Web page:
Another example, fortunately not involving children, that did end in disaster was that of a government agency in Mexico City. This certain Mexican government agency decided that in order to be absolutely sure that only autorized personnel were able to gain access to their office building that they would have active RFID tags inserted under the skin of their employees. At first, this sounded like a great idea, at least to those who did not have to have the surgery performed on themselves. However, it took very little time before the problems of a system such as this began coming to light.

Criminals seeking to gain entrance to the department found that they were able to frequent the local bars, restaurants and coffee shops and were able to identify department personnel from their RFID broadcasts. Using this system they would also have been able to learn their break patterns, clothing, hair styles and other information necessary to impersonate someone. Then, they were able to make their own matching RFID tags that they could simply slip into their pockets. Using their RFID readers they would then determine when a person had definitely left the government building and had entered a restaurant or bar and then would enter the building themselves. There were security guards in place who would look at the badges and, one would hope, would recognize the people that they saw every day. But, because of the false sense of security providing by an RFID system, the guards stopped checking people as carefully and criminals were able to easily come and go in the buildings with the sense of security of knowing that at least THEY were aware of the movements of the people that they were attempting to impersonate and could be sure that they had not tried to re-enter the building yet.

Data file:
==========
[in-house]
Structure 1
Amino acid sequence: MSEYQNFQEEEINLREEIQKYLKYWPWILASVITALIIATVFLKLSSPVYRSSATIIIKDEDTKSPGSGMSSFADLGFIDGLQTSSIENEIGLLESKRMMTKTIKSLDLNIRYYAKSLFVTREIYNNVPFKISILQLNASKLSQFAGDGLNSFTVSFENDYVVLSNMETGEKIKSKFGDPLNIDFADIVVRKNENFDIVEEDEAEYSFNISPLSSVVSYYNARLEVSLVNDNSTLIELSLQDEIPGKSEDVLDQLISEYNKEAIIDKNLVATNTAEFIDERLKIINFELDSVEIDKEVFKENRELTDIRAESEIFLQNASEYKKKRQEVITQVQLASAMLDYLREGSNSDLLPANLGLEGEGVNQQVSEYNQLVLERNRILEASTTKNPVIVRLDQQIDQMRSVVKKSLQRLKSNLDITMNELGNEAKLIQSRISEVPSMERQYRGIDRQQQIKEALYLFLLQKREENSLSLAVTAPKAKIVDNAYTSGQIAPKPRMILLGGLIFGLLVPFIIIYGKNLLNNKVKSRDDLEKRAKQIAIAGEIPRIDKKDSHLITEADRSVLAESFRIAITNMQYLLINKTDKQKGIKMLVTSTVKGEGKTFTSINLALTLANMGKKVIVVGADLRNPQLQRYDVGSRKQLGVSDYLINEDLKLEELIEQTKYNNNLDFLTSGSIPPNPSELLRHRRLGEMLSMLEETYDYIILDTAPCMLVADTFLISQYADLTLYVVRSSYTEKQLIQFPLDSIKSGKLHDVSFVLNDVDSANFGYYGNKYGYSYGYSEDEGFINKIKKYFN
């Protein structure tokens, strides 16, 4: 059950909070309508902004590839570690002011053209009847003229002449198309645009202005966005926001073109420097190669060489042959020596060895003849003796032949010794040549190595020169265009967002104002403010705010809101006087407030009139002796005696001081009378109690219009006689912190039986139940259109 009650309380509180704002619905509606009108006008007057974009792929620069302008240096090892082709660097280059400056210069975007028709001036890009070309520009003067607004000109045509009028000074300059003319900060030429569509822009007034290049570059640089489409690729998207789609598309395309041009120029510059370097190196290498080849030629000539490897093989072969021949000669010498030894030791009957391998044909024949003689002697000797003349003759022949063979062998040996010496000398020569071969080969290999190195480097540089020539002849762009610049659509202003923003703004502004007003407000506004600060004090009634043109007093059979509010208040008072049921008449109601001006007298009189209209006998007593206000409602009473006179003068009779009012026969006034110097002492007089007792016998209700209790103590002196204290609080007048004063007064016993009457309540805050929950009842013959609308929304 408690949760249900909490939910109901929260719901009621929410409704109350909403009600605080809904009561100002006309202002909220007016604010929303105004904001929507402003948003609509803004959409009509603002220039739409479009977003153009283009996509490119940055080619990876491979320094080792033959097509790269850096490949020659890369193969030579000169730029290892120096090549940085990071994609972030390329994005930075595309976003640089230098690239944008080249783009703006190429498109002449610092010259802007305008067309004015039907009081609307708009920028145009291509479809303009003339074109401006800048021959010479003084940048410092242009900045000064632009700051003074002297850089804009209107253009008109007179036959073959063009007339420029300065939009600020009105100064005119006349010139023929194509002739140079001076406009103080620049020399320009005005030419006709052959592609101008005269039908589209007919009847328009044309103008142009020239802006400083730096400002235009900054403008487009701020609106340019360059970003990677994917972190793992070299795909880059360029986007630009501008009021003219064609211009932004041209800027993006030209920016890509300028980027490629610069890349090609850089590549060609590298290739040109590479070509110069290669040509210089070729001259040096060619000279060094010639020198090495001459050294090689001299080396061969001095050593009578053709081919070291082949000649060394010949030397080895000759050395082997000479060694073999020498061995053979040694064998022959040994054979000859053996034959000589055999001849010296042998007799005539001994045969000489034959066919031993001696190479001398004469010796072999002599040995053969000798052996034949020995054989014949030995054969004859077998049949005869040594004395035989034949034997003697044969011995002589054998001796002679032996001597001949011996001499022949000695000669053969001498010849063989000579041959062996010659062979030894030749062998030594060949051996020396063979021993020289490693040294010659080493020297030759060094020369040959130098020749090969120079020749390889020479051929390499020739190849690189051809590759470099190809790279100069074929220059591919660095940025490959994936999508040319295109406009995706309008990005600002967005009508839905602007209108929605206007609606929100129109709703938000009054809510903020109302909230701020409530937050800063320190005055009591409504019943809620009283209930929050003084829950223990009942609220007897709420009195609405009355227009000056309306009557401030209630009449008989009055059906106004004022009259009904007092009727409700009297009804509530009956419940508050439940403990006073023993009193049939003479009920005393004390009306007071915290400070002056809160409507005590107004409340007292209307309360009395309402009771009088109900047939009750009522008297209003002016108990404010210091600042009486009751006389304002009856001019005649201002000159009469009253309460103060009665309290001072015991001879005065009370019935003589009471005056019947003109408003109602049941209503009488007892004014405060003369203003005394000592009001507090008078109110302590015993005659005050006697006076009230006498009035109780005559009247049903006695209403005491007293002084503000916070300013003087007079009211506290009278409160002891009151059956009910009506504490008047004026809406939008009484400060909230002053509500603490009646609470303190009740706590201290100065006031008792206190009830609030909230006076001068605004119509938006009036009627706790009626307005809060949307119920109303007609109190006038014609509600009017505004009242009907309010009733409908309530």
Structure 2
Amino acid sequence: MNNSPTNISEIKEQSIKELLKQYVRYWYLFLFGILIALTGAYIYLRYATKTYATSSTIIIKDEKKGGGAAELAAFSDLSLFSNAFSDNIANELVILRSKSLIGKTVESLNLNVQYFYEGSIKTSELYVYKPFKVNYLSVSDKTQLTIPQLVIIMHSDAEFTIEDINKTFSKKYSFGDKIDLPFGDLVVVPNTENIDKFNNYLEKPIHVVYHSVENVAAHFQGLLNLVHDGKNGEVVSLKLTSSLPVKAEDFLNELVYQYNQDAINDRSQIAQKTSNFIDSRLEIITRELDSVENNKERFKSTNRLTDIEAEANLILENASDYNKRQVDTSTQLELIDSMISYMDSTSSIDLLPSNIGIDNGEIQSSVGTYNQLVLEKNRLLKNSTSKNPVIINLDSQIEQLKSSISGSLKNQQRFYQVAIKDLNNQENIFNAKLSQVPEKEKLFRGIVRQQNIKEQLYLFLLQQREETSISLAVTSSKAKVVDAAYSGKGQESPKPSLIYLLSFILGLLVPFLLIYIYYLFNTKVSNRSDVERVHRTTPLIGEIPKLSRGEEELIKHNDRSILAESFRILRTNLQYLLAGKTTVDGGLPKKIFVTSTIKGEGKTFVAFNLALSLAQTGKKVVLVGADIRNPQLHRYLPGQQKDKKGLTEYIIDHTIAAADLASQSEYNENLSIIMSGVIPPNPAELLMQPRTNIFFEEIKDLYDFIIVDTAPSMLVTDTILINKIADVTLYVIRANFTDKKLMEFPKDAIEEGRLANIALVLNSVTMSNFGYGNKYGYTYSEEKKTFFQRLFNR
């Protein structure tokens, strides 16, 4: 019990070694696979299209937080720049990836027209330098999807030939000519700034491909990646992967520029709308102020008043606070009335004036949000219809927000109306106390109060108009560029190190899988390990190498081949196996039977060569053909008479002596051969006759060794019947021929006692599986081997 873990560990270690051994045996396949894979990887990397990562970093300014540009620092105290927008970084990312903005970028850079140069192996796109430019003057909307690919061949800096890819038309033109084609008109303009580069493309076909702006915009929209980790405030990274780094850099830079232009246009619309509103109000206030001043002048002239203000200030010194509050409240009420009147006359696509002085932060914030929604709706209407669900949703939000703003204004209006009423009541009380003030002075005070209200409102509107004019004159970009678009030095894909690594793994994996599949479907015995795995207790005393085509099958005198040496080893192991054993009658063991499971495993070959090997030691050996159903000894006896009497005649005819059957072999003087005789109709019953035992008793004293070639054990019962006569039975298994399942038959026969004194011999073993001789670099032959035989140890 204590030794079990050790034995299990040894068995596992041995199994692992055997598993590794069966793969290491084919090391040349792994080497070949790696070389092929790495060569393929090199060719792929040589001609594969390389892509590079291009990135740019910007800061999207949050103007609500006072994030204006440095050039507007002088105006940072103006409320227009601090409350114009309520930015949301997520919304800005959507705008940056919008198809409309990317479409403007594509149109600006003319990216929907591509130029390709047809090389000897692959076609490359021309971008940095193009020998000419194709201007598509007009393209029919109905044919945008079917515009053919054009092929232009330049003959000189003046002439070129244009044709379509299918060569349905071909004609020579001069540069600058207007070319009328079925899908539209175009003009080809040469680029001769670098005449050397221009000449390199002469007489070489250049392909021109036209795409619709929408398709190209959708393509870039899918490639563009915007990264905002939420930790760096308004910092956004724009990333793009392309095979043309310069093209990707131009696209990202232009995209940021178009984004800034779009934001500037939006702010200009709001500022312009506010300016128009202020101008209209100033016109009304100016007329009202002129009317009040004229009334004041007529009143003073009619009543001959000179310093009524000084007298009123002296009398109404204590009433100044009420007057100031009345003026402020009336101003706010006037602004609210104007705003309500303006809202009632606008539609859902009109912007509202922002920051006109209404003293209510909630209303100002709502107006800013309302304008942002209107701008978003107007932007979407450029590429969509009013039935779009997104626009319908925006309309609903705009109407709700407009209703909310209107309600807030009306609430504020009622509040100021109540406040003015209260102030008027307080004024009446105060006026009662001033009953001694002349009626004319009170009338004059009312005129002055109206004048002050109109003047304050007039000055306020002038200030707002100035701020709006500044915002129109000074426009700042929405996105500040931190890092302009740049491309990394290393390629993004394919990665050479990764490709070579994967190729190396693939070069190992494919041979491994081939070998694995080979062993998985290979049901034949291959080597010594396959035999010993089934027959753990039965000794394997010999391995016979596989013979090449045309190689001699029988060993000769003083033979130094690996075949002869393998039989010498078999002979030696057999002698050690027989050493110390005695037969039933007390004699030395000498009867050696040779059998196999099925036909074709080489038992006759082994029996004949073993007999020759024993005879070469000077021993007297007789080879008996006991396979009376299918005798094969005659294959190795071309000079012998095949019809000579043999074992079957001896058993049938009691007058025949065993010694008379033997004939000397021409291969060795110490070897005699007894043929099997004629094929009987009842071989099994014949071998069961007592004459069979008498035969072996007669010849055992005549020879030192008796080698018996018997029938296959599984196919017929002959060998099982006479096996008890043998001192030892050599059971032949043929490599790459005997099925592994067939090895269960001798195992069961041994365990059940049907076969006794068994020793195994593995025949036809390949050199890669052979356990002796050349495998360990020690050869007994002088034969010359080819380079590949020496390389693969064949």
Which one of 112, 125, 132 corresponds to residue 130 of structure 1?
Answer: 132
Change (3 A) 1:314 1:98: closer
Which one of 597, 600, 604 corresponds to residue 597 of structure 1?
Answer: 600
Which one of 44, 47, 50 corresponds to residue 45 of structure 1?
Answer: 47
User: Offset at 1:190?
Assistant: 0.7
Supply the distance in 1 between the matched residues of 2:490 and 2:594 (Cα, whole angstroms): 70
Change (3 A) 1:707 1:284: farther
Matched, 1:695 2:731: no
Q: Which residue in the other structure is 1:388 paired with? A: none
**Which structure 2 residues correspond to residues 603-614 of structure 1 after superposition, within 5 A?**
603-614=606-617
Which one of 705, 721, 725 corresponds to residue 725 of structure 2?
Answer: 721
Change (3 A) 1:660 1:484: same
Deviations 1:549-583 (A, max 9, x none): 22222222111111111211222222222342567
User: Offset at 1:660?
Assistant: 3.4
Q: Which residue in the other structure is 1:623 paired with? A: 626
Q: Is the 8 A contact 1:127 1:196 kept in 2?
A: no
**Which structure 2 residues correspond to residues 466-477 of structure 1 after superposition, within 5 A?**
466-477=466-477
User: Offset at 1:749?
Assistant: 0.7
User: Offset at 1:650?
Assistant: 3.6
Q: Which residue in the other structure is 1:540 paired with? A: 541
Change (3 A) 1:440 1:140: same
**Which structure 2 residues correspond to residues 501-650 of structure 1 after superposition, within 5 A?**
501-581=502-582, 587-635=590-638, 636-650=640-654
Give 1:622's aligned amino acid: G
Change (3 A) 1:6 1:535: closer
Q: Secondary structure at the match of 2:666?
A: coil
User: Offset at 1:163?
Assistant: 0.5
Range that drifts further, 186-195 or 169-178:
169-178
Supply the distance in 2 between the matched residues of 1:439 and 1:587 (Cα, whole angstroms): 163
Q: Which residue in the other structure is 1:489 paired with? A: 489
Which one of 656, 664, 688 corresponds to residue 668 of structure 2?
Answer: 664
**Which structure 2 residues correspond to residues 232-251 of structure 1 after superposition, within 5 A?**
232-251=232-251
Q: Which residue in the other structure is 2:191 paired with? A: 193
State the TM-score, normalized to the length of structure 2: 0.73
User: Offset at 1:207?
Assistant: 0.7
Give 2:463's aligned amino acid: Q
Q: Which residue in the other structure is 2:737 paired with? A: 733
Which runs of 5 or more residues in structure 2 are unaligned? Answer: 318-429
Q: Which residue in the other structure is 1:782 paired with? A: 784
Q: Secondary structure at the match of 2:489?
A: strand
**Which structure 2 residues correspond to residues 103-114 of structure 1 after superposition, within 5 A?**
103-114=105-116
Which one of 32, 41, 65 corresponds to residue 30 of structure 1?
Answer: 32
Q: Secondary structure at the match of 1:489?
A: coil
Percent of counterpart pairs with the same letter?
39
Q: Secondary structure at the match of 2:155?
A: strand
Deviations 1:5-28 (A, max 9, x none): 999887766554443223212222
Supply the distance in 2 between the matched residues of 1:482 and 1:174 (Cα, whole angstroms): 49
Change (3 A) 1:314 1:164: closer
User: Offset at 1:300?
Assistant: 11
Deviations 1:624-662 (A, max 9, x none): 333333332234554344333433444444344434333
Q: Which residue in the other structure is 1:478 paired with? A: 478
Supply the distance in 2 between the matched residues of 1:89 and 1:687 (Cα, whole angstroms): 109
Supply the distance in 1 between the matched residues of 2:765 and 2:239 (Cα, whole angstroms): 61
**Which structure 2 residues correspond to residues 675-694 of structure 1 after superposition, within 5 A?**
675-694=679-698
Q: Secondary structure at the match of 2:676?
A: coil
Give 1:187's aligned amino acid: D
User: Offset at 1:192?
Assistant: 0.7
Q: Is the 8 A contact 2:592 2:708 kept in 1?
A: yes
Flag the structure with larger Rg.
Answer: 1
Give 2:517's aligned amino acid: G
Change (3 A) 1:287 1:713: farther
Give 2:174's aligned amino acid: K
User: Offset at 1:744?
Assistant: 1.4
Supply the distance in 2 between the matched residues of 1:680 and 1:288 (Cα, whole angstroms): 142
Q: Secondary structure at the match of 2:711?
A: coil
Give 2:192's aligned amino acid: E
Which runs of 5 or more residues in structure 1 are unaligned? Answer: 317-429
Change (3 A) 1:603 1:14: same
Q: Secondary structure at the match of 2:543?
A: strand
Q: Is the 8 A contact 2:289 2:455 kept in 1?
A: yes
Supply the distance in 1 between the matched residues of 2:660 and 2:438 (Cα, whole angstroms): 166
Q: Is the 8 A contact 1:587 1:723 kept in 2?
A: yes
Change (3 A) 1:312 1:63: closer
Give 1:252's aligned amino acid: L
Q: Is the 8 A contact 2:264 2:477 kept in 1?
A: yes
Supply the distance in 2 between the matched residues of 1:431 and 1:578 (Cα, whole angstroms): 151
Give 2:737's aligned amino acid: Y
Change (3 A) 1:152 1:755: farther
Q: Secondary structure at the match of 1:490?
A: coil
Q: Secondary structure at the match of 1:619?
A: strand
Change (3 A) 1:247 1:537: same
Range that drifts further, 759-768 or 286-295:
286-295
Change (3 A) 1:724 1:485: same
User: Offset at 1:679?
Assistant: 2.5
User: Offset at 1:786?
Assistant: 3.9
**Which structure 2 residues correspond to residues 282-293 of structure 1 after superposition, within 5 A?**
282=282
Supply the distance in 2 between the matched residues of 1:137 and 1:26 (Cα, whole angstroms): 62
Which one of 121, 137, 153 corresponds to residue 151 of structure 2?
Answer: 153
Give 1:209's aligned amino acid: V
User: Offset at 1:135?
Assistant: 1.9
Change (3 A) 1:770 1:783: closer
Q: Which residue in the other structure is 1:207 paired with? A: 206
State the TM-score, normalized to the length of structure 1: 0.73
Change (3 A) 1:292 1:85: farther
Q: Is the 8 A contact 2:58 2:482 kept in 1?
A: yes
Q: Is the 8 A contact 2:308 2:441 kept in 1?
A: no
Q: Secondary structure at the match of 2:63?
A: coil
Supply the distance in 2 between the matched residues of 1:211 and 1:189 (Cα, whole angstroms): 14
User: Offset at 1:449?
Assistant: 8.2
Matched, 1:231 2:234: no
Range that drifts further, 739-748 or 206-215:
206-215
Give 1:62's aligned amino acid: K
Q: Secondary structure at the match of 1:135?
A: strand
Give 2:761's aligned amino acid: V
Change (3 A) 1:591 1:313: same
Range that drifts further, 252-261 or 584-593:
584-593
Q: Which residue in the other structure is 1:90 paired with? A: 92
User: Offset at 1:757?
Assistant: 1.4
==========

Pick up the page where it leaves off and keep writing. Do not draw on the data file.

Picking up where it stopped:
The bottom line in RFID is that the use of active tags is great for items like palettes of canned goods, dorm refridgerators, car parts, etc. They are great for tracking all kinds of objects. But when it comes to tracking people, active RFID is extremely dangerous. There is a reason why, in the past, only seriously dangerous criminals were ever tagged with a system such as this. Only criminals dangerous enough that the public deemed their safety of little concern. We should hardly treat our children in the same way. These were systems not designed to protect criminals from the public but to protect the public from the criminals. Tagging children or children's clothing is hardly going to protect any adults on a cold night in a dark alley from being jumped by four year olds looking for a wallet and car keys.